MP farmers destroy garlic harvest as prices fall; onion rates also hit | Latest News India


Growers of garlic are destroying their harvests in Madhya Pradesh as prices have crashed on oversupply, while rates of onions are trending lower too, benefiting consumers but hurting farmers, according to cultivators and market data.

Farmers in Madhya Pradesh, a major garlic producer, yielded nearly two million tonnes this season, benefiting from incentives under the ‘one district one product’ scheme, which aims at pushing exports, but the glut drove down rates sharply to between 300 and 800 per quintal in some areas, or just 3 to 8 a kg, said Ratan Patel, a trader in Sehore district.

“Many farmers have burnt their produce because it is a perishable item. Nobody wants to incur more costs by transporting them to markets,” Patel told HT over the phone.

Farmers have launched protests in the state, seeking compensation for the losses.

In the state’s garlic belts of Neemuch, Mandsaur, Ujjain and Shajapur that come under the Malwa region, many farmers have dumped produce, Patel said.

Alternating cycles of scarcity and gluts in perishable non-cereals due to demand-supply mismatch are a frequent problem in the country, as small-holding farmers cannot afford refrigerated storage and lack adequate price information. Smaller garlic exports, in comparison to output, due to global supply disruptions and demand added to the crisis, analysts said.

“Farmers in Sehore are burning their garlic crop. They are getting 300 to 600 per quintal whereas the input cost is at least 2,500 a quintal,” said Ramandeep Singh Mann, an independent farm expert.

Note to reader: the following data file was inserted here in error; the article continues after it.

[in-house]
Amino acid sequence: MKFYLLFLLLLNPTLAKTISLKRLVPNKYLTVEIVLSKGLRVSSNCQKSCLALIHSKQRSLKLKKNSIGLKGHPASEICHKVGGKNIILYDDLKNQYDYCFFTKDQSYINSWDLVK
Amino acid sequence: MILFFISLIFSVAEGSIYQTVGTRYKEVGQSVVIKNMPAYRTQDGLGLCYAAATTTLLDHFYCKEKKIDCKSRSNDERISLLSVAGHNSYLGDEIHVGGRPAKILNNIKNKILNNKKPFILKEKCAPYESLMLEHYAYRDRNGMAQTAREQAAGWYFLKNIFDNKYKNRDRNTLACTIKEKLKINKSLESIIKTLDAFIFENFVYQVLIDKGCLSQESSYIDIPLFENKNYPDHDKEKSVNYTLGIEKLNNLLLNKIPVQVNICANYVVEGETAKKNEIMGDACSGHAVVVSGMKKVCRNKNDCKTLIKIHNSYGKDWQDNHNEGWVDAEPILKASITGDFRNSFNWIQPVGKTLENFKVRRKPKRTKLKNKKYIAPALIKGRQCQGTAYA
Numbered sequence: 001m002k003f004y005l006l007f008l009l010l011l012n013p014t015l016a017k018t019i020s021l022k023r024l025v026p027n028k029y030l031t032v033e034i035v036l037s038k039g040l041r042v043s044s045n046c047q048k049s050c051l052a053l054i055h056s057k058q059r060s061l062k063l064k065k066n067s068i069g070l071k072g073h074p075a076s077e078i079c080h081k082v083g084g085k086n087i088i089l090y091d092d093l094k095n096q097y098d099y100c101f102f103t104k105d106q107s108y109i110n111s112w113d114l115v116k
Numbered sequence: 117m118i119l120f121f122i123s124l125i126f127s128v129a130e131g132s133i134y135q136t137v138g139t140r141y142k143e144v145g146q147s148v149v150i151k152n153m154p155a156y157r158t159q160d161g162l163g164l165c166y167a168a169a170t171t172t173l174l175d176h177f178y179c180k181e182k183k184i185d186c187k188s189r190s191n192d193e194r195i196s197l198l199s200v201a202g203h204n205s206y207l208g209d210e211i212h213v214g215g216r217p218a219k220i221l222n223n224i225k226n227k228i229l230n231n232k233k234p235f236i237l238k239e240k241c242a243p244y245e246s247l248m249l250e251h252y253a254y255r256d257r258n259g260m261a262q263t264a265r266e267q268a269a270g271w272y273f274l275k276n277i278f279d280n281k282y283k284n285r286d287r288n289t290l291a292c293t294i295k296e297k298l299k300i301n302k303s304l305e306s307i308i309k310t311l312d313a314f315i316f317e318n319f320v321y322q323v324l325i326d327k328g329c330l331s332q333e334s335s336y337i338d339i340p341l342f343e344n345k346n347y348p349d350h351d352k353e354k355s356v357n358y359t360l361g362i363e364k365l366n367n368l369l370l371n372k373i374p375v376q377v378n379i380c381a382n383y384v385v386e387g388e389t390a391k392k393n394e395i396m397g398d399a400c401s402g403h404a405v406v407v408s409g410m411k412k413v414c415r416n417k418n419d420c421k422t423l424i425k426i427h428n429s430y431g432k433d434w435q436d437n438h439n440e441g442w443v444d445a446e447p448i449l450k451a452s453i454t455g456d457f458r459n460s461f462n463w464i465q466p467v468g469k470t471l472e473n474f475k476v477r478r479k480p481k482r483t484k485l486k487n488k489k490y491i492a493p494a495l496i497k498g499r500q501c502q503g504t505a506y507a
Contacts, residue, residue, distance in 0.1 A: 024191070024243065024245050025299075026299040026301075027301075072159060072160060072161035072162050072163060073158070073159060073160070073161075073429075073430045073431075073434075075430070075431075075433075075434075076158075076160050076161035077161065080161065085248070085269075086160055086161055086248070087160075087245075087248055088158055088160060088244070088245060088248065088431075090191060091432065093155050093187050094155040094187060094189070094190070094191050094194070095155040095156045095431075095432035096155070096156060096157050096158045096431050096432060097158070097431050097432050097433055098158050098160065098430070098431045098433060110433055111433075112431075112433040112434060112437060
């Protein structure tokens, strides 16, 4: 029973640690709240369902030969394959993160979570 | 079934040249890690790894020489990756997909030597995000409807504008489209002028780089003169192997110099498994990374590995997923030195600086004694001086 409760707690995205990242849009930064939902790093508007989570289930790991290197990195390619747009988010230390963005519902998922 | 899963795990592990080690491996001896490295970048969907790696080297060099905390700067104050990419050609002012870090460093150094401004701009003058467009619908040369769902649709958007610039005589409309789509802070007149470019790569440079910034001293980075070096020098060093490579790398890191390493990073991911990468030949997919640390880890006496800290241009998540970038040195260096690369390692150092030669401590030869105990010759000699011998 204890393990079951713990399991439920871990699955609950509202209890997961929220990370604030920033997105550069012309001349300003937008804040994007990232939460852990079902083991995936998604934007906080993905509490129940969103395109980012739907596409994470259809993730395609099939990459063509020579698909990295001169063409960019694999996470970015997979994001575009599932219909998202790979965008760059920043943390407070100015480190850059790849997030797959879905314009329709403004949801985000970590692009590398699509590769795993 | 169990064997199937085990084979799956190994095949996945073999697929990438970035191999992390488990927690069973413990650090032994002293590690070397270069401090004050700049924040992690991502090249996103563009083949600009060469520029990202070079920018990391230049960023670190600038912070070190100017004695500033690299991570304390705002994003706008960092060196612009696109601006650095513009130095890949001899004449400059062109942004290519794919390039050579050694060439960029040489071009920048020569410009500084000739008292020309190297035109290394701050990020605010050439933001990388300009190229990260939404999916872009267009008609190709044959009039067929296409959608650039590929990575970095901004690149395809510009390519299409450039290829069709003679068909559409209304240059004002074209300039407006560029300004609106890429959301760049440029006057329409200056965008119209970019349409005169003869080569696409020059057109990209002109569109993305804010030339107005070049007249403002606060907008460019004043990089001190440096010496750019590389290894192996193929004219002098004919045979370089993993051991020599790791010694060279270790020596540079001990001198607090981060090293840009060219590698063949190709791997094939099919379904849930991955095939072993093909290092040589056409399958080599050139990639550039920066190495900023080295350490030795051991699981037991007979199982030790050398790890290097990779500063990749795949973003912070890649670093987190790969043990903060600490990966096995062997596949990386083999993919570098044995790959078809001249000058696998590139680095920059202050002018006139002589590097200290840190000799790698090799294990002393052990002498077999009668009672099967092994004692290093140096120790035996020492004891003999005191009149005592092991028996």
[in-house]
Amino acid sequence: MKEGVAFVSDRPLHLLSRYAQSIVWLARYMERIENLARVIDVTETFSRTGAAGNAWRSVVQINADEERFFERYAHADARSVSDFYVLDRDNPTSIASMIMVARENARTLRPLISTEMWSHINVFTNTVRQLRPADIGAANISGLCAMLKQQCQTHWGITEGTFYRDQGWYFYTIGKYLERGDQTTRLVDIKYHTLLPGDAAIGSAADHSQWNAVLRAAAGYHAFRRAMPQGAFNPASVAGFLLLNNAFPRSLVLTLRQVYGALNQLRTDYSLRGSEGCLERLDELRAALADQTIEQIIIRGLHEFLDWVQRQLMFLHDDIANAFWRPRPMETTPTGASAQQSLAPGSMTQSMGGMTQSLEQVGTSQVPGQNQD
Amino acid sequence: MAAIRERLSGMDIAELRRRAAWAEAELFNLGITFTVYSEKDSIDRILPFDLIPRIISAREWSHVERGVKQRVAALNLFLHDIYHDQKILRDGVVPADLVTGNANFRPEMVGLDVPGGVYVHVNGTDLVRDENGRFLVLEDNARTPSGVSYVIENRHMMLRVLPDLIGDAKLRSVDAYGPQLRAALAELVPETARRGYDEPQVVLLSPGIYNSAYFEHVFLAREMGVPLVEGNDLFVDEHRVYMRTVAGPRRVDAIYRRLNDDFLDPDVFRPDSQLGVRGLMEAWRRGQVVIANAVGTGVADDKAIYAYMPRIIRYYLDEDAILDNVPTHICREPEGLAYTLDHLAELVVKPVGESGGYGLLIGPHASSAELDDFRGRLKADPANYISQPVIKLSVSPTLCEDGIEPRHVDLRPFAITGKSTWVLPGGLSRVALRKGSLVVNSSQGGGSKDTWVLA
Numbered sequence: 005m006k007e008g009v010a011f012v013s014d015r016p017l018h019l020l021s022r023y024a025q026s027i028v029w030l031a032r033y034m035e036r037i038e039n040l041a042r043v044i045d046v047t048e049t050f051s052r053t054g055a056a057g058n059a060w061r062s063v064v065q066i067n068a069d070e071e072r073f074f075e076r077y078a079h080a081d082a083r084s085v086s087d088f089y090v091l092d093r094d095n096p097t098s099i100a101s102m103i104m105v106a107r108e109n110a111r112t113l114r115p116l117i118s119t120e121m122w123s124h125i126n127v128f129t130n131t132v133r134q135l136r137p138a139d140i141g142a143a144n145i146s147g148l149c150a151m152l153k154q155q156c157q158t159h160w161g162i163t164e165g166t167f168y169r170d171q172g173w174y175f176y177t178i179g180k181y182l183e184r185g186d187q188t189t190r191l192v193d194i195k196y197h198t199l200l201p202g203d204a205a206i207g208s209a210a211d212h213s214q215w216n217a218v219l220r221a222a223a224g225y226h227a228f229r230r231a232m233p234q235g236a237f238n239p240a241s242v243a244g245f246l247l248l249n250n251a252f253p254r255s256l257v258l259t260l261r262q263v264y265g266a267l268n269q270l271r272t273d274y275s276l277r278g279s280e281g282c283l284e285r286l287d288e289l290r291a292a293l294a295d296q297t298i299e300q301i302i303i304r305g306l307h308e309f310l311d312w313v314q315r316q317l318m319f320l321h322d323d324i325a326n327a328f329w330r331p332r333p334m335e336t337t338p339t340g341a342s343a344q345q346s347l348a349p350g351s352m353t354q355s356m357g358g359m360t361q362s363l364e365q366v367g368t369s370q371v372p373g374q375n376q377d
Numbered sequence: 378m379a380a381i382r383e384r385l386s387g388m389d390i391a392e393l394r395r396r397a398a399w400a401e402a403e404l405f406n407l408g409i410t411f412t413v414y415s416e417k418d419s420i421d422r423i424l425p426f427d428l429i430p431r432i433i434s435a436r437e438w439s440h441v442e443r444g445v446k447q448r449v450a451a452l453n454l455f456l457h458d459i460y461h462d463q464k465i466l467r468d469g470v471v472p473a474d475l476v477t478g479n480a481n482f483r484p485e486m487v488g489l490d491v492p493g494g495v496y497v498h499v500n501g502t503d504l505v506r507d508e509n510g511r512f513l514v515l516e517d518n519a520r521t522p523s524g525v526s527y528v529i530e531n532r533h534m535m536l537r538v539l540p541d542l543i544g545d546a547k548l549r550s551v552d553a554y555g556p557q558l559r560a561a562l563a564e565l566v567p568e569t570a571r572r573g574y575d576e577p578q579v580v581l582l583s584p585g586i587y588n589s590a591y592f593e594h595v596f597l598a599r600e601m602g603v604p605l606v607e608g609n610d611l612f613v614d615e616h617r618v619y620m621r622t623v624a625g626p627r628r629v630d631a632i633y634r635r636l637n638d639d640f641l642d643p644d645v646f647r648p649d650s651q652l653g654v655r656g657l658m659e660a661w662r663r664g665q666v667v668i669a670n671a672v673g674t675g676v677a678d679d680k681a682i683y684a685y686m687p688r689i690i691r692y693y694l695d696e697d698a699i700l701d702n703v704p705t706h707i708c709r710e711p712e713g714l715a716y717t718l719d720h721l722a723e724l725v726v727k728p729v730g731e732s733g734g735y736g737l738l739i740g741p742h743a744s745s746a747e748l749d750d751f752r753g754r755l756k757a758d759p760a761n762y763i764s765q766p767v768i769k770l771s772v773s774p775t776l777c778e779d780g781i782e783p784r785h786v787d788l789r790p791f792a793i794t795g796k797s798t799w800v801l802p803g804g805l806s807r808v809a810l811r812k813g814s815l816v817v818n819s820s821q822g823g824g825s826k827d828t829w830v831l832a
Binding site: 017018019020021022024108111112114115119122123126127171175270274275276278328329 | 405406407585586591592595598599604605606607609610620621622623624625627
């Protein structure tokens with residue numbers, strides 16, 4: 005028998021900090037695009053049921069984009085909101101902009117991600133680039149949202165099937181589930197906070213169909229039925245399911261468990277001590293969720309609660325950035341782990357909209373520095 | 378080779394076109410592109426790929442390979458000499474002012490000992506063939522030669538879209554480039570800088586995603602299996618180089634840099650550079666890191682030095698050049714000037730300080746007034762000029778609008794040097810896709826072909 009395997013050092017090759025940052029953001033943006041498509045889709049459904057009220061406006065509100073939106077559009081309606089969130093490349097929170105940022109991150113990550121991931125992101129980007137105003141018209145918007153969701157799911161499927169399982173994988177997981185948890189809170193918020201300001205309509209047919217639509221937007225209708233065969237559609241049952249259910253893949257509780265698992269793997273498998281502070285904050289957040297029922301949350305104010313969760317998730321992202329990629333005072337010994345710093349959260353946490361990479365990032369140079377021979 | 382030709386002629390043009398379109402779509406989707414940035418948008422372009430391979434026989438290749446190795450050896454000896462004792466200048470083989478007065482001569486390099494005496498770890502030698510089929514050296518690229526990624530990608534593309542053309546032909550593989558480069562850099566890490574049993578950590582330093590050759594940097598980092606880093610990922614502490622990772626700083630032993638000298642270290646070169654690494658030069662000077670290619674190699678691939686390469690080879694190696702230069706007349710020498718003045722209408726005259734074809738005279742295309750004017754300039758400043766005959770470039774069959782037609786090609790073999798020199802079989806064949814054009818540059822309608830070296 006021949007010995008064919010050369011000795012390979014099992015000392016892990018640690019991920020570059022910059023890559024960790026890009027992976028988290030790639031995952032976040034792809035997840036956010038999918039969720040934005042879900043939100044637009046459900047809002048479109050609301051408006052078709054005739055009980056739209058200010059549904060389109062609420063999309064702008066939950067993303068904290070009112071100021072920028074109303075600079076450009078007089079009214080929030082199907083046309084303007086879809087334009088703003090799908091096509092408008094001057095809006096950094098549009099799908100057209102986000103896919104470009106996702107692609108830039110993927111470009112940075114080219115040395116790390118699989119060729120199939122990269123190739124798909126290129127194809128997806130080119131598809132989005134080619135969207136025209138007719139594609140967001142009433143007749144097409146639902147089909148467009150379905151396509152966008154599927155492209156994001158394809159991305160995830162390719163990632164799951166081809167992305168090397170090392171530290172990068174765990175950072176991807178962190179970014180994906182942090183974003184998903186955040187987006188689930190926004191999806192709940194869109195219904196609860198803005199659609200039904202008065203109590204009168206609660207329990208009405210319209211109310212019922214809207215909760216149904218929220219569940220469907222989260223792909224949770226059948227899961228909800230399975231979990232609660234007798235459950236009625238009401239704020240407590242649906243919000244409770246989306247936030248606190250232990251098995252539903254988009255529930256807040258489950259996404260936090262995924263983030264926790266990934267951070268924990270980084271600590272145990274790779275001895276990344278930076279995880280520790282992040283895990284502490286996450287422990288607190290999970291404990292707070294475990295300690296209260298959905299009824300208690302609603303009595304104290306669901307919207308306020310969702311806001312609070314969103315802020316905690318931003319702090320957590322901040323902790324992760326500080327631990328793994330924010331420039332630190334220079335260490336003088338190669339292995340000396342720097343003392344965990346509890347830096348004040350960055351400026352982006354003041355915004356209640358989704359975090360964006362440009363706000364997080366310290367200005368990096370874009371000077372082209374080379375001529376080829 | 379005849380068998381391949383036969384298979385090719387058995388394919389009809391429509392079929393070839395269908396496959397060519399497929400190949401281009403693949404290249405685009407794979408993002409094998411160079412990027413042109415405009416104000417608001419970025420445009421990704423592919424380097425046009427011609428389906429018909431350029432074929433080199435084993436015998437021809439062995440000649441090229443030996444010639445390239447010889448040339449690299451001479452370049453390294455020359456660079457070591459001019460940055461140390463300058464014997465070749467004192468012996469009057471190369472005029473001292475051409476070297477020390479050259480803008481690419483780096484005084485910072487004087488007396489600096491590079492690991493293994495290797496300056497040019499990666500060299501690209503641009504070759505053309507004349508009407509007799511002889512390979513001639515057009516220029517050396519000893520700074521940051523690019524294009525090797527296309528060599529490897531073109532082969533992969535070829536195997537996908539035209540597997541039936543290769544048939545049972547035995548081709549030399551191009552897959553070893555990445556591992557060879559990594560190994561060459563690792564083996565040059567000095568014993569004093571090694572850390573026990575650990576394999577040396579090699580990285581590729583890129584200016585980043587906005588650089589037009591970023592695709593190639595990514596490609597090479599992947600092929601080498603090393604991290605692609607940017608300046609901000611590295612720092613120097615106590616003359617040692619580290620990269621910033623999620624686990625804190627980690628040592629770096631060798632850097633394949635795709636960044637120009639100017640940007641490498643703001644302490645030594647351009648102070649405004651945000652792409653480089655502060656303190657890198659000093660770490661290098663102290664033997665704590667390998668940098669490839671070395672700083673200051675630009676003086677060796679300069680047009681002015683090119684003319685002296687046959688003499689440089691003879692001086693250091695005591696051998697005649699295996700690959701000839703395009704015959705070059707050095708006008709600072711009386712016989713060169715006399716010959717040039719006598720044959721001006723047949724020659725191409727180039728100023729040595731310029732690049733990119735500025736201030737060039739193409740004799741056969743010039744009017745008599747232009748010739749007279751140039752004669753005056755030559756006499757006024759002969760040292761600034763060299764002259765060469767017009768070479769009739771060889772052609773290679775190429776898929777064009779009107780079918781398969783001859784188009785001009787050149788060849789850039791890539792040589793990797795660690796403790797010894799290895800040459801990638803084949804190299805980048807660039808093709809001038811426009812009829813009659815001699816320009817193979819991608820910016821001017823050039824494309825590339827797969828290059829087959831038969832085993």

Prices of garlic vary depending on seasonality and average farmgate prices can be anywhere between 4,000 and 6,000 a quintal when demand surges.

The area under the bulb expanded from about 105,000 hectares in 2013-14 to 193,000 in 2020-21, according to Madhya Pradesh government’s data.

Garlic output has nearly doubled in the last four years in India, Union agriculture minister Narendra Singh Tomar told Parliament in February.

Onion rates are also trending lower and there could be an oversupply situation because of lower exports, said Anil Ghanawat of Shetkari Sanghatana, a Maharashtra-based farmers’ union. “Export demand is weaker because countries such as Bangladesh have shifted to other suppliers because of frequent export bans by India,” he added.

The average modal price of onion, a kind of average rate at which most quantities are sold, as on September 2 was 1,165, a five-year low.




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